Use this URL to cite or link to this record in EThOS: http://ethos.bl.uk/OrderDetails.do?uin=uk.bl.ethos.494866
Title: Liquid crystalline semiconductors for organic electronics
Author: Kitney, Stuart Paul
ISNI:       0000 0001 3600 6066
Awarding Body: University of Hull
Current Institution: University of Hull
Date of Award: 2008
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Abstract:
This research is based on the synthesis and evaluation of novel liquid crystalline materials with light-emitting and or charge-transporting properties. Some of the liquid crystals (LCs) synthesised incorporate photopolymerisable diene or methacrylate end groups, situated at the peripheries of the molecular core. These photoreactive liquid crystalline monomers are often termed reactive mesogens. The generation of linearly and circularly polarised light emission have been observed and a White-Light Organic Light-Emitting Diode (WOLED) fabricated from binary mixtures of LCs. A series of fluorene-containing LCs have been synthesised for use as hole-transport, electron-transport and electroluminescent materials. Many of these materials exhibit nematic phases, which is beneficial for alignment due to the lower viscosity present in the nematic phase compared to the smectic phase. Columnar LCs with low melting points were synthesised by variation of the aliphatic groups at the 3,4,9,10-positions of a perylene tetracarboxylate. A fluorene-containing material with perfluorinated chains at the 9-position of the fluorene was synthesised, although the required LC phase was not observed. High electron-affinity nitrogen-containing smectic LCs have been synthesised with relatively low LC transition temperatures. These materials may prove useful as electron-transport materials. An electroluminescent chiral nematic LC was synthesised, which leads to the possibility of circularly polarised light. The possibility of a full-colour LC-Organic Light-Emitting Diode (OLED) has been demonstrated with the synthesis of a red-emitting material, a green-emitting material and a blue-emitting material. All three materials are LCs with high glass transition temperatures, which is important for device stability as these materials are not reactive mesogens. A White-Light OLED has been demonstrated by the mixing of two LCs. This nematic binary mixture when used as the emissive layer in an OLED emits white-light that is voltage independent and not due to Förster energy transfer. Consequently this mixture can be aligned and linearly polarised light emission has been generated with a 9:1 ratio. A series of perylene-containing LCs have been synthesised for use as electron-transport materials in OLEDs or electron-acceptors in organic photovoltaics.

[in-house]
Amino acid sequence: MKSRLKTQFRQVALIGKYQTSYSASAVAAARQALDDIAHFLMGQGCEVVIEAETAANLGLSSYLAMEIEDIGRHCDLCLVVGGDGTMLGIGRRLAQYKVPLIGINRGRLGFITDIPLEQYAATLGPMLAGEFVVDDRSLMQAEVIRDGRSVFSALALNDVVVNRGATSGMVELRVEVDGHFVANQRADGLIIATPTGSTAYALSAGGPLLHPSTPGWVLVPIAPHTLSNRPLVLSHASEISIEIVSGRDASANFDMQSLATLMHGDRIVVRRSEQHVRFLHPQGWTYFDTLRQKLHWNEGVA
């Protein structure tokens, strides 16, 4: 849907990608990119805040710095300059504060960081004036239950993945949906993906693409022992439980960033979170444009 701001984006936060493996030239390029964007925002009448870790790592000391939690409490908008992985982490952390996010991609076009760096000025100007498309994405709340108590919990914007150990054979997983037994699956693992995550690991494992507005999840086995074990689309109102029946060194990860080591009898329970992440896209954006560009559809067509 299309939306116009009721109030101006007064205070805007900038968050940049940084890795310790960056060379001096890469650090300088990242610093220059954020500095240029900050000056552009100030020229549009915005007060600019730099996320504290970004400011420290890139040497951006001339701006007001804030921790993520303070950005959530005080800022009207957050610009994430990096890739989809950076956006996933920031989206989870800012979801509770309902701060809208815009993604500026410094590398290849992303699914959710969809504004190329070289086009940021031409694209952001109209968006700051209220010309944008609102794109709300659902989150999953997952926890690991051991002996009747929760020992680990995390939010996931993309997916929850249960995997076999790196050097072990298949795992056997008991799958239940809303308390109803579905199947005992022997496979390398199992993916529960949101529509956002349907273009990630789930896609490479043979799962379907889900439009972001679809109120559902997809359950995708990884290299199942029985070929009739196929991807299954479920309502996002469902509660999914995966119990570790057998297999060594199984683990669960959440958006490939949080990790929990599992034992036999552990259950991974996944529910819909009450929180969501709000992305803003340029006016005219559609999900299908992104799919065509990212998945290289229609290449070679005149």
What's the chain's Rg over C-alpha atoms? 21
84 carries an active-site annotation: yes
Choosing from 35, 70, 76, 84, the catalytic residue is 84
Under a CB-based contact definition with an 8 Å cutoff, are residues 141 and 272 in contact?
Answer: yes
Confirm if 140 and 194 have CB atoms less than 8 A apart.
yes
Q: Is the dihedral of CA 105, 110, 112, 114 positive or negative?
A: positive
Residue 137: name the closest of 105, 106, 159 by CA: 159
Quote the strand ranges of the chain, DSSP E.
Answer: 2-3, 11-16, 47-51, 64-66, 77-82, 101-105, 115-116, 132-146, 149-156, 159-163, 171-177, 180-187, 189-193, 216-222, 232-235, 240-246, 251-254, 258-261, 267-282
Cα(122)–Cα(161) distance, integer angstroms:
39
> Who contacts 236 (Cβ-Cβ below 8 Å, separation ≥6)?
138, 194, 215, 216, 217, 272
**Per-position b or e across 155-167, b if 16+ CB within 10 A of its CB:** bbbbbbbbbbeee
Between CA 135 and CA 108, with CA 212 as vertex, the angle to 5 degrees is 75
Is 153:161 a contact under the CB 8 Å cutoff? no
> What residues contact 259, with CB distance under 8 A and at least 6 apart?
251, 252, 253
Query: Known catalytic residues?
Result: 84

Supervisor: Kelly, S. M. Sponsor: EPSRC (Sponsor)
Qualification Name: Thesis (Ph.D.) Qualification Level: Doctoral
EThOS ID: uk.bl.ethos.494866  DOI: Not available
Keywords: Chemistry
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